One of the more powerful moments of the HBO rendition of GoT thus far was a particular scene involving Petyr Baelish (aka Littlefinger) and Cersei Lannister. Cersei goads Littlefinger about his lack of nobility, and Littlefinger volleys back with a reference to the fact that Cersei regularly fucks her twin brother Jaime. At this point, Baelish states that “knowledge is power,” launching into a School House Rock sing-and-dance number. Cersei cuts him off in the middle of his tap-dancing solo, replying with “Power is Power” sans accompaniment for dramatic effect.

What should be clear at this point is that Cersei is possibly the worst politician ever. Baelish, on the other hand, is a skilled player of the game of thrones (DO YOU SEE WHAT I DID THERE). Their two statements illustrate their personal realities. Baelish believes in a calculated, informed approach to politics, operating within an ordered (albeit ass-backwards) system that, while not regulated by a higher authority, has a logic and security to it. Cersei, on the other hand, believes that “EVERYONE IS OUT TO KILL MY CHILDREN AND I WILL FUCK THEM ALL WHICHEVER WAY I NEED TO IN ORDER TO MAKE SURE MY BITCHTASTIC CHILDREN RUIN THE KINGDOM.” (Except Myrcella and Tommen, cuz they’re actually not so bitchtastic.) Really though, Cersei believes the world is chaos and the only security lies in loyalty to family. Taken to a macro-political level, Baelish represents the liberal IR approach (minus the supranational authority, mind you) while Cersei reflects the defensive, self-interested, lone-wolf lioness realist perspective.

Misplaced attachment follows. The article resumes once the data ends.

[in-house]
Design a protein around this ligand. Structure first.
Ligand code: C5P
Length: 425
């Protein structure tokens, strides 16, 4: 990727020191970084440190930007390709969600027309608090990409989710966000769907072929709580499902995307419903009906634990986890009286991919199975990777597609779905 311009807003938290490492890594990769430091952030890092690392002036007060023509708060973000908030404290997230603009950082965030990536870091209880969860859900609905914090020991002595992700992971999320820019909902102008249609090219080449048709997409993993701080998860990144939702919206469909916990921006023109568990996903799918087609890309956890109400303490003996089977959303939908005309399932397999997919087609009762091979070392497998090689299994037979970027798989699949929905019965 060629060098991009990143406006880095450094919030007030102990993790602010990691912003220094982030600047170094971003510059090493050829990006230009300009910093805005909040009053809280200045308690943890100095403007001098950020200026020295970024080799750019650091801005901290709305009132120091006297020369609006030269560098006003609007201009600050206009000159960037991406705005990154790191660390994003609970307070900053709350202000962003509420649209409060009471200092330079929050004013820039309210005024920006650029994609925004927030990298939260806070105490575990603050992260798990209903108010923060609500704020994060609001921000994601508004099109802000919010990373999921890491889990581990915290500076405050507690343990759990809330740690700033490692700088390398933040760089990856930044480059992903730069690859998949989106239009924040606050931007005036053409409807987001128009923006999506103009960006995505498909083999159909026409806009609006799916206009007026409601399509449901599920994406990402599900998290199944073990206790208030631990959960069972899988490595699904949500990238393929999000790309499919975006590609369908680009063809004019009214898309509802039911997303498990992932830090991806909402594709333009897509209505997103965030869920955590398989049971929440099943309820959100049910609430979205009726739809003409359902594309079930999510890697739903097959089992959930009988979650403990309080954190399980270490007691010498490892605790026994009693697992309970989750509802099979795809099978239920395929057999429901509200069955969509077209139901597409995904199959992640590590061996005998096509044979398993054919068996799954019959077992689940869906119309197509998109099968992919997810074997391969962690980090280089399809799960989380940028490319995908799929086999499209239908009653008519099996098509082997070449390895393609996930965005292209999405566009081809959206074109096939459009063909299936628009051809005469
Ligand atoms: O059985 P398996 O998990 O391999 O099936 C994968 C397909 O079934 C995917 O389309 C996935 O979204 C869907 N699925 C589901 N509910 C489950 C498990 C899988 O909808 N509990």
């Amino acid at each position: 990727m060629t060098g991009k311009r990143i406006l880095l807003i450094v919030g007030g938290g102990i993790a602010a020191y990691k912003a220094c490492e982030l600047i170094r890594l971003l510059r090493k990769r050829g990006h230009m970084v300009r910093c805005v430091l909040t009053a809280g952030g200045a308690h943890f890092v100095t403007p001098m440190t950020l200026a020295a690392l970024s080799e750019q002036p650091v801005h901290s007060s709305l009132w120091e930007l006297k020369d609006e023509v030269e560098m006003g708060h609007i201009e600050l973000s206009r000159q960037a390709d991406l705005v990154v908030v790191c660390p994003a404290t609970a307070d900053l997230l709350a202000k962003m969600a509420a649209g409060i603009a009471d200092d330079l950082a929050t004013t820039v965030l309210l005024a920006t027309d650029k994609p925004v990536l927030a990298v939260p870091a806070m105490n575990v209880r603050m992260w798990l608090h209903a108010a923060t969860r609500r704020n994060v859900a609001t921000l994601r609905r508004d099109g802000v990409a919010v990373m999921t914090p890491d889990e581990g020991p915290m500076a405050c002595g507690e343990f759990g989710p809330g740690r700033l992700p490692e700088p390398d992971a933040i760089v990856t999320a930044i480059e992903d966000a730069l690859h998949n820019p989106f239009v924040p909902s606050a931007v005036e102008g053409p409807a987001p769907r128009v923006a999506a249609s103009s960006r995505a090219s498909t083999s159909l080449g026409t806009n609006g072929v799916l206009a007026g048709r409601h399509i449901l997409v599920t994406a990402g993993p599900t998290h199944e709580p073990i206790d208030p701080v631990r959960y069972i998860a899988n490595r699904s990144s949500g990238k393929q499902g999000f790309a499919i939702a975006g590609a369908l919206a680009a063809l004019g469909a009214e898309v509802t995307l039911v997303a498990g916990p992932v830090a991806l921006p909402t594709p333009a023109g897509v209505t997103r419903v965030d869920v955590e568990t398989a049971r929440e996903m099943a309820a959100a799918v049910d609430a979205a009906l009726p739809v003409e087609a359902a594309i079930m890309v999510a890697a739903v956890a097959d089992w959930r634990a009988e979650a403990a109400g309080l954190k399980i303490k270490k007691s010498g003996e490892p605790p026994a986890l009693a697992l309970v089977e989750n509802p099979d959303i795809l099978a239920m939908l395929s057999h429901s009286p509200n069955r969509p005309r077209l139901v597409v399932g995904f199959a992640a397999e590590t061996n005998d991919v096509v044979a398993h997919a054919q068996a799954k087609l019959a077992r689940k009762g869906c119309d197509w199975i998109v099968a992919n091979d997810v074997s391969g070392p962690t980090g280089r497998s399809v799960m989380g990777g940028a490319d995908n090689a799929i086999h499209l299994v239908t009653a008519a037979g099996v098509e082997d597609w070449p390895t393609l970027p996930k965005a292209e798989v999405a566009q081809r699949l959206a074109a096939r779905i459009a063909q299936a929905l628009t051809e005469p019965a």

What's the correct Poli Sci term for 'boning around?'

How NOT to Fight an Insurgency, Cersei Style
            Poli-Sci Concept at Play: “Winning Hearts and Minds,” “Stateness,” and COIN[4] Theory

From the moment Cersei Lannister is made Grand Inquisitor Queen Regent, you know that the Iron Throne Administration is about to suffer a cuntastrophe of heinous proportions. Cersei has one redeeming quality: she loves her children so much that she would bone or kill anybody just to protect her precious incest love-children. While her heart is in the right place, Cersei goes about administering to her son’s kingdom such that EVERYBODY wants to fuck her, and not in the good way. Actually, everyone wants to fuck her the good way too, but in an “I can’t believe you smanged your brother AND cousin and let your son boss you around and made Westeros ripe for invasion by zombie polar bears” angry breakup-sex kind of way. Honestly, the only person in Westeros who didn’t want to bang Cersei is her late husband, Robert Baratheon, and that’s because he was too busy making his own bastard children.[5]